March 27, 1998

I had a long conversation on the phone with John Henry Poncio recently. I understand that since then John has not been feeling well.

But let me tell you about John. He is a very interesting person to talk to. He had quite an experience in the war against Japan. He was in the Bataan Death March when the Japanese over-ran the Philippines in World War II. He said he didn’t like to talk about it – but it’s an experience he will never forget.

During our conversation, he also told me that his Dad used to have a drug store in Berwick in the ’20s. So that makes John an old Berwickian. It was nice talking to you, John. Hope you get to feeling better soon.


Remember when Nick DiPrimo had a grocery store on the corner of Fourth Street and Lima Street in Berwick? He was not related to Russell DePrima.

The other day someone asked me if I was born in Berwick and how I remembered all the things that I write about.

Well, yes, I was born in Berwick and I have an excellent memory. When I was about 7 years old, I worked at the theatre delivering handbills. I walked all over Berwick and met everybody. Later on I painted billboards and advertised the shows which were playing at the theatre. I was the projectionist for 8 years at the theatre – during the change from silent films to “talkies.”

I managed theatres not only in Berwick, but also in Bayou Vista, Patterson and Franklin. I worked for Claude Darce, who owned the Opera House in Morgan City and other theatres as well.

I became a fireman when I was about 15 years old. It was the custom in Berwick to ring the fire bell when there was a fire. We, the firemen, would run to the fire truck to crank it when a fire bell sounded. It took about five of us to crank the engine on the truck and get it started.

After we got it going, half of the time the driver couldn’t shift it – it had about six shifts. The truck would jerk so much it would throw half the firemen off the truck – just like the episodes of the “Keystone Cops.” We didn’t know where the fire was so we just drove all over town looking for smoke.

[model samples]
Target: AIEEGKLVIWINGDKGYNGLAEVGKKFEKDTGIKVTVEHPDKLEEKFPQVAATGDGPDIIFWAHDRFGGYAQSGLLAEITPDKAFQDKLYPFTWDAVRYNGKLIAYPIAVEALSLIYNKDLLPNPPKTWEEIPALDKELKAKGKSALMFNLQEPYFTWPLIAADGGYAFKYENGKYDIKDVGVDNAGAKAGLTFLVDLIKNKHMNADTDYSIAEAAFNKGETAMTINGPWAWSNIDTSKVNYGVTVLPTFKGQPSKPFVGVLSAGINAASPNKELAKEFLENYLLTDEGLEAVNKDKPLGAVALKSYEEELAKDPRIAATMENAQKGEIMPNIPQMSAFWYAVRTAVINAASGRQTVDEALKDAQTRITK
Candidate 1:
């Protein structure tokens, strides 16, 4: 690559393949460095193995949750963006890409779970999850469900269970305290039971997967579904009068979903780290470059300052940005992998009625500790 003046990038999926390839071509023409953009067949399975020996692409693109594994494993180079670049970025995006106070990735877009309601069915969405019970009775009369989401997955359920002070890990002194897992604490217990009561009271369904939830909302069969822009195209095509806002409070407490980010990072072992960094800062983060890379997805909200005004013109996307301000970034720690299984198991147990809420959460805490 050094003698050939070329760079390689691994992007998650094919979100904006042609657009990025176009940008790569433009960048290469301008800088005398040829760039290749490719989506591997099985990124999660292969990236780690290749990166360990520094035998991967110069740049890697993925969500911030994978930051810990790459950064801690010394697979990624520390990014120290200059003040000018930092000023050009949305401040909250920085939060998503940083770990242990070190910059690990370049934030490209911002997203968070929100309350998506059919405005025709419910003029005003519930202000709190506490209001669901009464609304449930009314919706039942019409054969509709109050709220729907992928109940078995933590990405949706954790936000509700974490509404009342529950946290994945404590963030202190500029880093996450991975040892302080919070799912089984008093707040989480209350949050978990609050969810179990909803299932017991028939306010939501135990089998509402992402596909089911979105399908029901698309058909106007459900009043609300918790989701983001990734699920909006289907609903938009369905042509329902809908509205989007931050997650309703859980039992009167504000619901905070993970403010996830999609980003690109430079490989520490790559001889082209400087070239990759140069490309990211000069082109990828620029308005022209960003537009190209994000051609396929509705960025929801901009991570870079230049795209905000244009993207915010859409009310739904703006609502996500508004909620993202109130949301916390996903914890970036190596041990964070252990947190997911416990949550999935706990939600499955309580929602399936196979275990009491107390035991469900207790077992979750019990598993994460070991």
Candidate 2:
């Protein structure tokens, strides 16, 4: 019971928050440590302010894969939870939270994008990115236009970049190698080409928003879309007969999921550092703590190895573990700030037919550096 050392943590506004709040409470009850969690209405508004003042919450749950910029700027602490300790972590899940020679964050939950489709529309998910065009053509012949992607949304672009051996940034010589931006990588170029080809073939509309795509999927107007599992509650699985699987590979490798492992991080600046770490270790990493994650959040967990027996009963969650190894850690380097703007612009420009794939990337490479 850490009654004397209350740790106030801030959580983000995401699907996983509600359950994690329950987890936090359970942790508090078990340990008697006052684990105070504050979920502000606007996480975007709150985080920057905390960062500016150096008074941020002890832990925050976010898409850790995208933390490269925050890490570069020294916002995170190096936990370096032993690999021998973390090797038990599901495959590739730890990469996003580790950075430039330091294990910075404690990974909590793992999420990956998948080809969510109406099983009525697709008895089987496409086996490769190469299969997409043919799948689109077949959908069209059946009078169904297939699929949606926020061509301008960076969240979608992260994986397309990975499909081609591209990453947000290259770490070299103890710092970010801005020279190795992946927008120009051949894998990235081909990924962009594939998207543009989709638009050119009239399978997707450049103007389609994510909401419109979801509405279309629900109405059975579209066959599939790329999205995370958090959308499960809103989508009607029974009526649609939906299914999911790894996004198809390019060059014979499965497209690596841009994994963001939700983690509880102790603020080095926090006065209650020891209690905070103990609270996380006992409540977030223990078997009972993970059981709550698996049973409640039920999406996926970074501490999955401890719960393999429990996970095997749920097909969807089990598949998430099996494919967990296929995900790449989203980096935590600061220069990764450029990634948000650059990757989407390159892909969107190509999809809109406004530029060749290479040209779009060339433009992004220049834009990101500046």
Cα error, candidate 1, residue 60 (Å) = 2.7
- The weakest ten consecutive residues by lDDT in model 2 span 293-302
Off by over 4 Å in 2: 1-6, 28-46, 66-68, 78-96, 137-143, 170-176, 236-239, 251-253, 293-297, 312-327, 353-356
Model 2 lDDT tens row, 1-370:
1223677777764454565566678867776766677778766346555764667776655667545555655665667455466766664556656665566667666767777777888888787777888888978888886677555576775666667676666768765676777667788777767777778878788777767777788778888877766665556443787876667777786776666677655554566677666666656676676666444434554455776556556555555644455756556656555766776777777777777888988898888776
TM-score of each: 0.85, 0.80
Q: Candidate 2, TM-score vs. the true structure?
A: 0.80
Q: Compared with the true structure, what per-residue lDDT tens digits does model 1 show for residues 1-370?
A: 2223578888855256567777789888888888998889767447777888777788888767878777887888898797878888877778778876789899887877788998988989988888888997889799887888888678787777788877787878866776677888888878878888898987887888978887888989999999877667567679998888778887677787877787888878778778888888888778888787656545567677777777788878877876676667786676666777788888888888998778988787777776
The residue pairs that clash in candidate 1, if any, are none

On one occasion, we finally saw smoke coming from the back of Mrs. Bagala’s house. Joe Bella yelled: “Stop, Mrs. Bagala’s house is burning up!” We hurried and connected our small pressure hose, shot water through the window and almost droned Pascolena, who was sleeping in the corner. There was no fire – just leaves burning in the back yard.


Remember when old man White and old man Wilbur were making whiskey on River Road deep, deep into the woods? They used a sack of corn and they wanted to have a “kick” in their whiskey so they put in a sack of sweet potatoes. After boiling this for a couple of hours, the still blew up from the gas pressure caused by the sweet potatoes. It was a terrific explosion.

Old man White was blown up into a tree and old man Wilbur landed in a canal. He came out of the canal running with half of his pants in an alligator’s mouth.

Remember the dipping vat that was located down River Road? Old man Tick Landry was head of the operation. Everybody in Berwick and the surrounding areas had to drive their cattle there to be dipped. My father had about 50 head of cattle plus a 1,250 lb. bull. Fairview Dairy had a lot of cattle, as did others in the community. It was always a mess, trying to drive these cattle through the vat of water treated with creosote and other strong insecticides.

We didn’t have too much trouble with the milk cows, but when it came time for our big bull to be dipped, it was a different story. Th bull would not go in! Old Tick Landry took out an ice pick and jabbed the old bull in the rear, and it reared up and dove into the vat. Almost all of the chemically-treated water splashed out of the vat and splashed over everybody.

* The End *

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